Caulk or Grout in Shower Corners

The Pros and Cons of Caulking and Grouting Shower Corners

By Mark J. Donovan




Over the years I have installed a number of ceramic tile showers with shower pan membrane liners. I’ve also seen many more custom ceramic tiled showers. In some cases the shower corners were grouted and in other cases they were caulked. Over the years I’ve come to the conclusion to grout the shower corners instead of caulking them. The old adage has been that grout the field and caulk the corners, or caulk where one plane meets another.

The rationale for this old adage comes from the fact that as the house settles and/or if the shower walls and floor shift over time the caulk will flex and the seams remain intact. If on the other hand grout is used, the grout will crack and crumble.

From personal experience, however, when the shower frame and shower pan are installed correctly there is very little movement of the planes (shower walls / floor). Thus, I prefer to grout the shower corners rather than caulk them.

The reason for this is that when caulk is used, inevitably mold and mildew become problems in all the shower corners, and consequently you end up with black mold growth. Also, it is said that you can find caulk that matches the grout color, but I’ve yet to personally get the exact caulk color that matches the grout. Lastly, to remove the mold and mildew constant maintenance is required and periodic re-caulking is necessary.

In my opinion grouting shower corners is preferable. The grouted shower corners are guaranteed to look exactly the same as the field of grout.

Also, it’s one less step in the process of tiling a shower. I’ve also found that there is a lot less mold issues to contend with when using grout, and a grout sealer.

Shower Membrane Liner installation Ebook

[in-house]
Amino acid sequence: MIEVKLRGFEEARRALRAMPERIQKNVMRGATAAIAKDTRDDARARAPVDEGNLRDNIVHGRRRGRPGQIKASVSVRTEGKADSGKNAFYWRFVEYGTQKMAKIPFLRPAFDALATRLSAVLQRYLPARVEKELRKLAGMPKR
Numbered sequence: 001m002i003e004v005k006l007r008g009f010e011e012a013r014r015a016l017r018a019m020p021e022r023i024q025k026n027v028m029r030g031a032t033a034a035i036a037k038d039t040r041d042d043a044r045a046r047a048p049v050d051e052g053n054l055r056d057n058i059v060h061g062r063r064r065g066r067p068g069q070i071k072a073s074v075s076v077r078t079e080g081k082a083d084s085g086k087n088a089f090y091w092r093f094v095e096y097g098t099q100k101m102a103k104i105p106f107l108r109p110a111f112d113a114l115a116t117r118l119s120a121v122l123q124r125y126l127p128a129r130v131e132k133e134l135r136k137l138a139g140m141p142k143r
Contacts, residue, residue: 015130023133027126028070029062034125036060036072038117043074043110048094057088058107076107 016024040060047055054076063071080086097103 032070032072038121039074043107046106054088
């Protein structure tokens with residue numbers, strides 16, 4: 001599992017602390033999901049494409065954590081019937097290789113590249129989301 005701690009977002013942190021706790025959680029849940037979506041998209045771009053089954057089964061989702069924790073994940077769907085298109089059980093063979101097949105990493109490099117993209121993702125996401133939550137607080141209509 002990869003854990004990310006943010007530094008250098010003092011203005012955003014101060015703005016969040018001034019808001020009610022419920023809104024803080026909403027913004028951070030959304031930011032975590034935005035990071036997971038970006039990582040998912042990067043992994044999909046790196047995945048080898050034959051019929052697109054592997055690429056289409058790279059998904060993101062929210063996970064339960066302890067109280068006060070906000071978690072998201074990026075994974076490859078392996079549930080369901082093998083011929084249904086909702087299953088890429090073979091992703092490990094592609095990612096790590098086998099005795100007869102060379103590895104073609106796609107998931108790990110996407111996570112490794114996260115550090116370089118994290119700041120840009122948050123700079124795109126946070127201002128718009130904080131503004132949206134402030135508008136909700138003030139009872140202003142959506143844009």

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Finally, there is no concern for peeling caulk, an issue that often plagues a ceramic tiled shower with caulked corners. If in the event cracks do form in the shower corners you can use a Dremel tool to remove the old grout and then apply new grout. I highly recommend buying a little extra grout when you grout your ceramic tile shower so that you can use it if in the event you do end up with cracking. If cracks do end up forming in the grouted shower corners after less than a year’s period, then resort to the caulking method.


For information on installing a shower pan membrane liner for a ceramic tile shower, see the Shower Pan Membrane Liner Installation Ebook from HomeAdditionPlus.com.  The Shower Pan Membrane Liner EBook will quickly teach you the step-by-step process for installing the shower pan membrane liner correctly. It includes instructions on framing the shower stall, pouring the pre-slope and shower base mortar, and installing the shower pan membrane liner.

See HomeAdditionPlus.com’s Ceramic Tile Calculator

See my “How to Tile a Custom Ceramic Tile Shower” Ebook to learn how to tile your own shower:  For a detailed set of instructions on tiling a shower floor and walls, including pictures for every step in the process, see my “How to Tile Custom Ceramic Tile Shower Ebook”.

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Additional Ceramic Tile Resources from Amazon.com

     

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